Fourth time lucky for Allford Hall Monaghan Morris with surprise winner Burntwood School
AHMM has won this year’s Stirling Prize.
The award was made last night by new RIBA president Jane Duncan at a ceremony at RIBA’s headquarters in Portland Place. TV and radio host Lauren Laverne made the presentation.
The practice beat Reiach and Hall’s Maggie’s Centre in Lanarkshire, MUMA’s Whitworth gallery in Manchester, Niall McLaughlin Architects’ Darbishire Place housing scheme in east London, the University of Greenwich by Heneghan Peng and Neo Bankside behind the Tate Modern by Rogers Stirk Harbour & Partners – which was the focus of a demonstration outside the venue.
Duncan said: “Burntwood School shows us how superb school design can be at the heart of raising our children’s educational enjoyment and achievement. Allford Hall Monaghan Morris, experienced school architects, have created a stunning campus.
“They have produced delightful, resourceful and energy efficient buildings that will benefit the whole community in the long term. With the UK facing a huge shortage of school places, it is vital we learn lessons from Burntwood.”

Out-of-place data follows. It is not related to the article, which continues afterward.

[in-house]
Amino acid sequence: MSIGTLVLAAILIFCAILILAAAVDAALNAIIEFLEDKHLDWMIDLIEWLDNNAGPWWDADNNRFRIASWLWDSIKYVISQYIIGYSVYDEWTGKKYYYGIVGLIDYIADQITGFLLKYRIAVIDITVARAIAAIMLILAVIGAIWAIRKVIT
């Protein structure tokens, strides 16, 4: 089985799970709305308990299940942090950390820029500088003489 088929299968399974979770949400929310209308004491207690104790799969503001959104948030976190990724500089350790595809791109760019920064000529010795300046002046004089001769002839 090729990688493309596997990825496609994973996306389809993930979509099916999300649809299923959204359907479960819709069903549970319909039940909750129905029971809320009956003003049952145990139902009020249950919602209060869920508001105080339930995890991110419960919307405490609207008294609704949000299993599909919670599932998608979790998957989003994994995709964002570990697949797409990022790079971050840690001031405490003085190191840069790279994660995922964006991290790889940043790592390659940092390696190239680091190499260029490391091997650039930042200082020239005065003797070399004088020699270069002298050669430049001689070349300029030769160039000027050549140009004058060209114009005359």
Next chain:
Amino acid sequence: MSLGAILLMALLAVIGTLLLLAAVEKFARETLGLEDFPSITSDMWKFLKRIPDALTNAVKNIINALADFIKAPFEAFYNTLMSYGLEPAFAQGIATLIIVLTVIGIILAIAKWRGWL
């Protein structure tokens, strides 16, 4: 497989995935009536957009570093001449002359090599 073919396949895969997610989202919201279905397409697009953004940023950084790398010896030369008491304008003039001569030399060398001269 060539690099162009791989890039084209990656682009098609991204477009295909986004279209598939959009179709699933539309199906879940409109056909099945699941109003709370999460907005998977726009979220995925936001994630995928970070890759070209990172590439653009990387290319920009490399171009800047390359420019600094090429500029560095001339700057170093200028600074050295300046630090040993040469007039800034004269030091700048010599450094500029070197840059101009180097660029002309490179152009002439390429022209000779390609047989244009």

AHMM was last a contender in 2011 with its redevelopment of the Angel office building in Islington, north London. It was also shortlisted for the Kentish Town Health Centre in 2009 and Westminster Academy in 2008.
Paul Monaghan, director at Allford Hall Monaghan Morris said he hoped winning the Stirling Prize showed schools were worth investing in. He said, “Schools can and should be more than just practical, functional buildings – they need to elevate the aspirations of children, teachers and the wider community. Good school design makes a difference to the way students value themselves and their education.”
The two projects not in the capital were both designed by first-time Stirling finalists while Richard Rogers was shortlisted for what would have been a record-breaking third Stirling Prize.
He holds the record for two jointly with Norman Foster, Zaha Hadid and Wilkinson Eyre.
Niall McLaughlin has again suffered disappointment after being the favourite in 2013 with a chapel in Oxfordshire while Heneghan Peng also missed out that year with its Giant’s Causeway visitor centre.
Bookies were split over who would win this year’s prize with the Maggie’s Centre the narrow favourite ahead of Darbishire Place and the Whitworth. The Whitworth won the BBC’s online audience choice poll with 38% of the votes.
The jury was chaired by Duncan and features Steve Tompkins, from last year’s winner Haworth Tompkins, Peter Clegg, from Feilden Clegg Bradley Studios, and Theresa Sackler, arts philanthropist.
This story first appeared on Building Design